dealing with creative blockage

Dealing with the Ingenuity Jam

And: 7 tips for dealing with creative blockage

Novelists talk about “hitting the wall” and suffering “Writer’s Block” and I hope you haven’t come across these things yet if working on your NaNoWriMo 2020 project, but I think writers are wrong to think it’s their writing that somehow got stuck or log-jammed or gummed-up — it’s not the words, anyone can write a jumble of words that will ultimately make a 50 thousand word book — a computer can readily do it these days… no, it is a blockage in your imagination that has created the delay… it is not the diligent effort of writing that has become a burdensome task, but a lack of brilliance in your conceptualisation.

At the beginning you had a great idea, a wonderful concept, and an unbeatable design template, but after 10,000 words, or maybe 20,000 in your case, you lost your vision! Your mental image is not as good as when you started… it is your inventiveness and ingenuity that hit a wall, not the tap-tapitty-tap-tap of your fingertips on the keyboard.

So how do you revitalize your imagination?

Here are seven tips for dealing with creative blockage:

1: Take a trip into your world. In this thought experiment, you will be a visitor to the world you have created. So go to a scene (one you’ve already written) and look around. What do you see? Who do you meet? Who most interests you, and why? What do you like? What don’t you like? When you have finished your visit, go home (come back to the here and now) and write-up your experiences and report as if you are a journalist.

2: Seek the novelty of creation. Go visit DeviantArt and tap in a criteria into their search tool. I suggest you search under the name of your character or a word from the title of your book, or a spell or tool your hero uses. See what other creative minds are doing with that word.

3: Alter your pondering habits. You often hear entrepreneurs saying things like “let’s approach this from another direction” or “let’s see this from a different perspective” and that’s because they are “seeing” the project through the eyes of a creator / developer. They know they will need to see the concept through the eyes of a customer, so they tend to re-orientate their perspectives to come up with fresh ideas. Now, it would be nice to share ideas with your clients (those are your readers, if you are a novelist) but I don’t know if you would be brave enough to do this at an early stage in the development of your artwork (artists rarely like to have their work seen until it’s fully “done” — I know I don’t!) But you could get into the head of a potential reader, right? Do that now. Become a reader and ask some basics: where is this story going? Should the main character change? What do I like about the story so far? What would keep me reading? What would make me leave this book? What would make me cry? What would make me happy? What would make me scream? What would make me so excited I want to tell the world about this book?

4: Focus your creative energies. You’re writing a lot. That’s good. But it’s not the only creative thing you do, is it? You are a word maker, yes, so why not scribble some words? Get yourself a new ink pen (see my report here) and write some notes by hand. Use your ink pen to start (and keep) an “ideas” notebook, where you jot down things that come to mind.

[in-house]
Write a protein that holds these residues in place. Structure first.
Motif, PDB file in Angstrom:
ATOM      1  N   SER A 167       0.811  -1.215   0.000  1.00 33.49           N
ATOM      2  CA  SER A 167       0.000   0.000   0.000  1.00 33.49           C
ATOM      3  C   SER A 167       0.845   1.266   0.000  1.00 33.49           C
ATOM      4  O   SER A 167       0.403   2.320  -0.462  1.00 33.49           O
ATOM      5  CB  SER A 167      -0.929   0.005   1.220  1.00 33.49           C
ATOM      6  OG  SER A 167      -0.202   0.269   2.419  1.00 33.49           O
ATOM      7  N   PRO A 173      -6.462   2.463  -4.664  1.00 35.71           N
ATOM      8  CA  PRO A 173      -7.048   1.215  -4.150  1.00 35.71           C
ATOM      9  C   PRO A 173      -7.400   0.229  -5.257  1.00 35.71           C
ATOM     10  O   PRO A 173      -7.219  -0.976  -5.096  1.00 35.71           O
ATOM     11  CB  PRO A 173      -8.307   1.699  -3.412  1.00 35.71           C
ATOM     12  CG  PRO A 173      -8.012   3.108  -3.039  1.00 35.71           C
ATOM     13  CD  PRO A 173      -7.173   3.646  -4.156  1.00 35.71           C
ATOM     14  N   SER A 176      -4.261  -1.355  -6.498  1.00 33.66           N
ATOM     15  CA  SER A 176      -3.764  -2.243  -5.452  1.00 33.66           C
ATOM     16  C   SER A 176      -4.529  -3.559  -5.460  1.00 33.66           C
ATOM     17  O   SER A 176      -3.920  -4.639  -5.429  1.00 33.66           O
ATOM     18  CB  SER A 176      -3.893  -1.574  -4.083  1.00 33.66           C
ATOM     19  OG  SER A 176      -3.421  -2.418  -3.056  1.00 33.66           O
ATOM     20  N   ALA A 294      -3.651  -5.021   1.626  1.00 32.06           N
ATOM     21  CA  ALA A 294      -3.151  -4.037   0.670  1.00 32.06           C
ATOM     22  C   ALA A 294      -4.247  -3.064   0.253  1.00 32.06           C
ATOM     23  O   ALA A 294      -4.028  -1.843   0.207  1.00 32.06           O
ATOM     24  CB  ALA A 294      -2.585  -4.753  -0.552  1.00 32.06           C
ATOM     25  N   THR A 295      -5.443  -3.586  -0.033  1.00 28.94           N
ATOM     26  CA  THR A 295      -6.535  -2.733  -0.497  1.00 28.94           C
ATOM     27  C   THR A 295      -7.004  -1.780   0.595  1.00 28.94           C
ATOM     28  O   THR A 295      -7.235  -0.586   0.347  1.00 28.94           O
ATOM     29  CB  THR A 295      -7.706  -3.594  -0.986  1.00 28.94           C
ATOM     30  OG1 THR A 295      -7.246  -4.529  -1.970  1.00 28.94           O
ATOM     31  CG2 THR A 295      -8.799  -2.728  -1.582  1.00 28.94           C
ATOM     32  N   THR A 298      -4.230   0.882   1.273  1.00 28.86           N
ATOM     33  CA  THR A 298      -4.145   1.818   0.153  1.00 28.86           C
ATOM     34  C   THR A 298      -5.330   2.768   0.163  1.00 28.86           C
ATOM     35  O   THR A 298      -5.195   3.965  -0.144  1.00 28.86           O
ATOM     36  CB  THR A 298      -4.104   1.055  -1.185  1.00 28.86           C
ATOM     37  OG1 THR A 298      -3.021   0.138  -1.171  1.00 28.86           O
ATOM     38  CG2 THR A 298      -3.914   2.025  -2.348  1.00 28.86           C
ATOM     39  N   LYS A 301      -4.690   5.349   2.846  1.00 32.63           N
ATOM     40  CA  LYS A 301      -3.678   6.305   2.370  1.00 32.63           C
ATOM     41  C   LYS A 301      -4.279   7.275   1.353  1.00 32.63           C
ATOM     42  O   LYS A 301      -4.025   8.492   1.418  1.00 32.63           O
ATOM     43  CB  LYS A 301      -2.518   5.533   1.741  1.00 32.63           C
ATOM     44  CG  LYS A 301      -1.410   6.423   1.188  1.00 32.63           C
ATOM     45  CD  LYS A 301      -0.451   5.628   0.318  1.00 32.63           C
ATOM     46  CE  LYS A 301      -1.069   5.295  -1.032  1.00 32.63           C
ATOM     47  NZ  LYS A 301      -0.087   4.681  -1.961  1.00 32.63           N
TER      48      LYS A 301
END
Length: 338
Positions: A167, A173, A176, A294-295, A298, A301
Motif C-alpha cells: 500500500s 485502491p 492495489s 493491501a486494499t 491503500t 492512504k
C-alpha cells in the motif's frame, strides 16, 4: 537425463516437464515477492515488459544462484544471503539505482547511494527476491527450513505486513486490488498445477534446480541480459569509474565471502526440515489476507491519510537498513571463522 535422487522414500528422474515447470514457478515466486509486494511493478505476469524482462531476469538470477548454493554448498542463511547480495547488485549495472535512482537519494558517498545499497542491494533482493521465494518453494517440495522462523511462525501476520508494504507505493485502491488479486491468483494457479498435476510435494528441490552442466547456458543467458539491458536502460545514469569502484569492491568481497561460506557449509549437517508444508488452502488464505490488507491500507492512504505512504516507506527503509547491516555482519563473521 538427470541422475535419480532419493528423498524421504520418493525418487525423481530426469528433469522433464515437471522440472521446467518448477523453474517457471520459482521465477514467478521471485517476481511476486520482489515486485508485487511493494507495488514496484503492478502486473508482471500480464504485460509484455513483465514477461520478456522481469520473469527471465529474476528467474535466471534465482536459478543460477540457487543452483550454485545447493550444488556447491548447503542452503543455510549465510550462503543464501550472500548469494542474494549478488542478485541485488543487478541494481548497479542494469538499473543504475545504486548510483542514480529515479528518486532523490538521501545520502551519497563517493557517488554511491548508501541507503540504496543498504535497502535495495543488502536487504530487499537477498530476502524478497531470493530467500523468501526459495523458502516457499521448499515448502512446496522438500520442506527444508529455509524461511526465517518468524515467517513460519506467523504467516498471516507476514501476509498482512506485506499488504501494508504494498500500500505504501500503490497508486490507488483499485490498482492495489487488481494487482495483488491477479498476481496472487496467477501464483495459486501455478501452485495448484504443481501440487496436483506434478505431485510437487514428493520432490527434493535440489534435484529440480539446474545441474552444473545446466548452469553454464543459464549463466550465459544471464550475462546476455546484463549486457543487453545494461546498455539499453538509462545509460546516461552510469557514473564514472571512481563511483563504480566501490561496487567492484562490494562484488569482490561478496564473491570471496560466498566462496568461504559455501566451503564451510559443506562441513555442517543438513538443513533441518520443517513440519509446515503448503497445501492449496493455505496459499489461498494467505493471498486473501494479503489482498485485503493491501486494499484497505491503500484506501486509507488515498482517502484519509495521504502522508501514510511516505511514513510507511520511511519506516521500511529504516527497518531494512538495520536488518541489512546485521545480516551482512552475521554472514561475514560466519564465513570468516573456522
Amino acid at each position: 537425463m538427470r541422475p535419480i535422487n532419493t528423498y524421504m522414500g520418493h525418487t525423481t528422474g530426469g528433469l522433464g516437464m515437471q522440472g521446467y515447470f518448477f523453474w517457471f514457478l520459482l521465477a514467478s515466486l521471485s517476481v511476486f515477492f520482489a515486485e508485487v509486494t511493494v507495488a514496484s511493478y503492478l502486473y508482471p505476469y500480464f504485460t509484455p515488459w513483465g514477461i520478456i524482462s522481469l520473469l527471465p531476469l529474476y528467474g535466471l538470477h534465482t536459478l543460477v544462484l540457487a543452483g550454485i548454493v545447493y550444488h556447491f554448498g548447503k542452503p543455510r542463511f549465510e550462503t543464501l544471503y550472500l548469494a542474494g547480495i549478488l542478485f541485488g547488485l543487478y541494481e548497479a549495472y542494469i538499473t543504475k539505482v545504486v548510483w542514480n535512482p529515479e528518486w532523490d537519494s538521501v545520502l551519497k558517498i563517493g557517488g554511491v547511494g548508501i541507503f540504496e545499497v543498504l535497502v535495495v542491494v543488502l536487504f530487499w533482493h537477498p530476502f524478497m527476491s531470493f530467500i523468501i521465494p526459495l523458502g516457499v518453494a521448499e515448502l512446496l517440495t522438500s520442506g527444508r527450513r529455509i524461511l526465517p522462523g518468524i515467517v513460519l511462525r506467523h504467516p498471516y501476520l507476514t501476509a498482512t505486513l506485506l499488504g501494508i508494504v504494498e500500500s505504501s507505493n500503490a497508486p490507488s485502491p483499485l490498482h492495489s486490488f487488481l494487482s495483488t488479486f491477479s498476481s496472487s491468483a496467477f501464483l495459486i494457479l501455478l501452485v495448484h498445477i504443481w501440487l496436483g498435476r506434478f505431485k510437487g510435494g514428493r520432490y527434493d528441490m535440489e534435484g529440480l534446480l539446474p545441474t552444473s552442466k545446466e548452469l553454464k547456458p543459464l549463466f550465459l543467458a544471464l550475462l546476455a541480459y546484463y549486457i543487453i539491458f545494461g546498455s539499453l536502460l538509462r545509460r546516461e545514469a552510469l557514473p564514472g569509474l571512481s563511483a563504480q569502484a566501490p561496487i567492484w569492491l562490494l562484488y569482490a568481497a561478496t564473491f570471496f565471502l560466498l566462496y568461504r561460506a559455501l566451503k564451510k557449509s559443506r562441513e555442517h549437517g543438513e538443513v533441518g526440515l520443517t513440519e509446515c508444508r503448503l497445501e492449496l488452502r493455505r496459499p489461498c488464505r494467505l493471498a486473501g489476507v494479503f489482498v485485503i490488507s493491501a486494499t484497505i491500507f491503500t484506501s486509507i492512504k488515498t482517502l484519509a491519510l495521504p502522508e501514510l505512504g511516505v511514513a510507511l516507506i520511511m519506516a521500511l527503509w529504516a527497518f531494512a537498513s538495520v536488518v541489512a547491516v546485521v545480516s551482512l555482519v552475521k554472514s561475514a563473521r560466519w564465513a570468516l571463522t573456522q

Make a deck of cards, 52 would be desirable but twenty will do (make it an even number) one for each character / and or item or location in your story (like a custom Tarot set). Try to draw a picture on each. Add as much (or as little) decoration as you’d like. Once done, divide the deck into four suits: two good /bad quarters, then two slightly less good/bad quarters. You will make moral and reflective judgments. You could then play with your Tarot cards too. Shuffle them and deal six. What happened?

5: Develop imagination in other ways. Have you already completed your playlist for your project? (Recommended by NaNoWriMo). If you add your playlist to Spotify or Soundcloud (recommended) you are making a public statement. That’s good, it means you are making a commitment to your imagination. These will be songs / pieces of music that have inspired (or will inspire) your story. Also, another thing, have you already started your “Mood Board” on Pinterest? If not, get that started too. If you have done both these things already, take time-out to update them.

6: Allow stillness into your life. Have you given yourself sufficient quiet time? How can you expect the most complicated regions of your brain to function effectively if you don’t give them room to breathe? I don’t require you to meditate by candlelight in a yoga position (you can if it helps) but, on the other hand, I strongly suggest you put aside at least twenty minutes a day for “quiet time” when you deliberately shut-out the noise of the world (no phone, no interruptions) and let the stillness feed your spirit (and therefore your creativity). I know this is difficult in a modern world, and perhaps even more tough right now in 2020 (you might need noise-cancelling headphones) but it is a discipline that I am sure will offer you great benefits. Do it now. Slot stillness into your schedule.

7: Invest in creative play. Children have natural imaginations and are not defeated by the limitations of science, common sense, and rationality. But how do we get our vivid childhood imagination back? Well, a good way is to play. Play is an important part of the creative process, and sometimes we forget how crucial it is. So head over to a major e-commerce site (there are several to choose from) and buy yourself a gift… go ahead, you deserve it. You’re doing great. Here are the best:

  • Paper making kit (come on, you gotta get this if you’re a writer!)
  • Modelling clay kit
  • Make your own bath bomb kit
  • Decorate your own water bottle
  • Pom-pom making kit
  • Kit to make hand puppets
  • Mini kit to make animal candles
  • Kit to make balloon animals

Got any tips, advice, examples or suggestions? Tweet me @neilmach